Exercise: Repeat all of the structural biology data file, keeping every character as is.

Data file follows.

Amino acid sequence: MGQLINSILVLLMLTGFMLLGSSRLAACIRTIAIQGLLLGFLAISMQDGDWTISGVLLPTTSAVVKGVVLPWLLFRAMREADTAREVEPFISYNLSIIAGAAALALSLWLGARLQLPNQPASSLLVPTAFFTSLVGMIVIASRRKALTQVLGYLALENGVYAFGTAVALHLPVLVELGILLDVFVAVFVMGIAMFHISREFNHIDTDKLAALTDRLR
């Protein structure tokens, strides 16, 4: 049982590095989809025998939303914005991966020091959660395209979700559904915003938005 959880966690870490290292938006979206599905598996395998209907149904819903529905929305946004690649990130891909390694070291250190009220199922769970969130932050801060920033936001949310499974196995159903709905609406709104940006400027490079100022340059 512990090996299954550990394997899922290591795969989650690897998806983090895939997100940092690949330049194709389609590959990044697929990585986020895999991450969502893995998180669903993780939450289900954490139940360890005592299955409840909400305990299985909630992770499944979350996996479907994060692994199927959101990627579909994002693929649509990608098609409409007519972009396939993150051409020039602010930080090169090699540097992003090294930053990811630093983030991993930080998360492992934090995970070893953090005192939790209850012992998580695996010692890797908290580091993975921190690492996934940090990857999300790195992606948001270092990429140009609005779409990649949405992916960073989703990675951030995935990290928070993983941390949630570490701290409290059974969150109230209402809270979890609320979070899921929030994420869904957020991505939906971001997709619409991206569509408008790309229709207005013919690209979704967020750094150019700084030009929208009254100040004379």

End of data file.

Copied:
Amino acid sequence: MGQLINSILVLLMLTGFMLLGSSRLAACIRTIAIQGLLLGFLAISMQDGDWTISGVLLPTTSAVVKGVVLPWLLFRAMREADTAREVEPFISYNLSIIAGAAALALSLWLGARLQLPNQPASSLLVPTAFFTSLVGMIVIASRRKALTQVLGYLALENGVYAFGTAVALHLPVLVELGILLDVFVAVFVMGIAMFHISREFNHIDTDKLAALTDRLR
């Protein structure tokens, strides 16, 4: 049982590095989809025998939303914005991966020091959660395209979700559904915003938005 959880966690870490290292938006979206599905598996395998209907149904819903529905929305946004690649990130891909390694070291250190009220199922769970969130932050801060920033936001949310499974196995159903709905609406709104940006400027490079100022340059 512990090996299954550990394997899922290591795969989650690897998806983090895939997100940092690949330049194709389609590959990044697929990585986020895999991450969502893995998180669903993780939450289900954490139940360890005592299955409840909400305990299985909630992770499944979350996996479907994060692994199927959101990627579909994002693929649509990608098609409409007519972009396939993150051409020039602010930080090169090699540097992003090294930053990811630093983030991993930080998360492992934090995970070893953090005192939790209850012992998580695996010692890797908290580091993975921190690492996934940090990857999300790195992606948001270092990429140009609005779409990649949405992916960073989703990675951030995935990290928070993983941390949630570490701290409290059974969150109230209402809270979890609320979070899921929030994420869904957020991505939906971001997709619409991206569509408008790309229709207005013919690209979704967020750094150019700084030009929208009254100040004379």